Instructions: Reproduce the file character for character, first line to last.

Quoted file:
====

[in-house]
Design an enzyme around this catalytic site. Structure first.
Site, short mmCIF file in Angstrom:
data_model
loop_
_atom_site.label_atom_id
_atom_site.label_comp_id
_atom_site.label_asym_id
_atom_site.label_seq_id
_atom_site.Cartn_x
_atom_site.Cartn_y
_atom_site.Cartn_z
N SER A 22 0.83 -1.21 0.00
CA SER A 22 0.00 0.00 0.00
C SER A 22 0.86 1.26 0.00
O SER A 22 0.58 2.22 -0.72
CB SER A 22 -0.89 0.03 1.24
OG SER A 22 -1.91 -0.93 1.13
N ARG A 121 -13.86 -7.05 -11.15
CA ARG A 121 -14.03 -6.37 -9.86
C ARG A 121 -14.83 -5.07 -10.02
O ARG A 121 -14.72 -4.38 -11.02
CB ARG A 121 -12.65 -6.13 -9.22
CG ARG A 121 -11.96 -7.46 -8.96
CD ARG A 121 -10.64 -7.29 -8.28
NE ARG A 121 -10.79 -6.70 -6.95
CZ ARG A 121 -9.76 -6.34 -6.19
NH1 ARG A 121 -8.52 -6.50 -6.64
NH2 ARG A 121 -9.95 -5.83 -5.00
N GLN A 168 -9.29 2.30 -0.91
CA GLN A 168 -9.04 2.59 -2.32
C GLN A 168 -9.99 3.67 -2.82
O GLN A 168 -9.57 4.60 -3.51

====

[in-house]
Design an enzyme around this catalytic site. Structure first.
Site, short mmCIF file in Angstrom:
data_model
loop_
_atom_site.label_atom_id
_atom_site.label_comp_id
_atom_site.label_asym_id
_atom_site.label_seq_id
_atom_site.Cartn_x
_atom_site.Cartn_y
_atom_site.Cartn_z
N SER A 22 0.83 -1.21 0.00
CA SER A 22 0.00 0.00 0.00
C SER A 22 0.86 1.26 0.00
O SER A 22 0.58 2.22 -0.72
CB SER A 22 -0.89 0.03 1.24
OG SER A 22 -1.91 -0.93 1.13
N ARG A 121 -13.86 -7.05 -11.15
CA ARG A 121 -14.03 -6.37 -9.86
C ARG A 121 -14.83 -5.07 -10.02
O ARG A 121 -14.72 -4.38 -11.02
CB ARG A 121 -12.65 -6.13 -9.22
CG ARG A 121 -11.96 -7.46 -8.96
CD ARG A 121 -10.64 -7.29 -8.28
NE ARG A 121 -10.79 -6.70 -6.95
CZ ARG A 121 -9.76 -6.34 -6.19
NH1 ARG A 121 -8.52 -6.50 -6.64
NH2 ARG A 121 -9.95 -5.83 -5.00
N GLN A 168 -9.29 2.30 -0.91
CA GLN A 168 -9.04 2.59 -2.32
C GLN A 168 -9.99 3.67 -2.82
O GLN A 168 -9.57 4.60 -3.51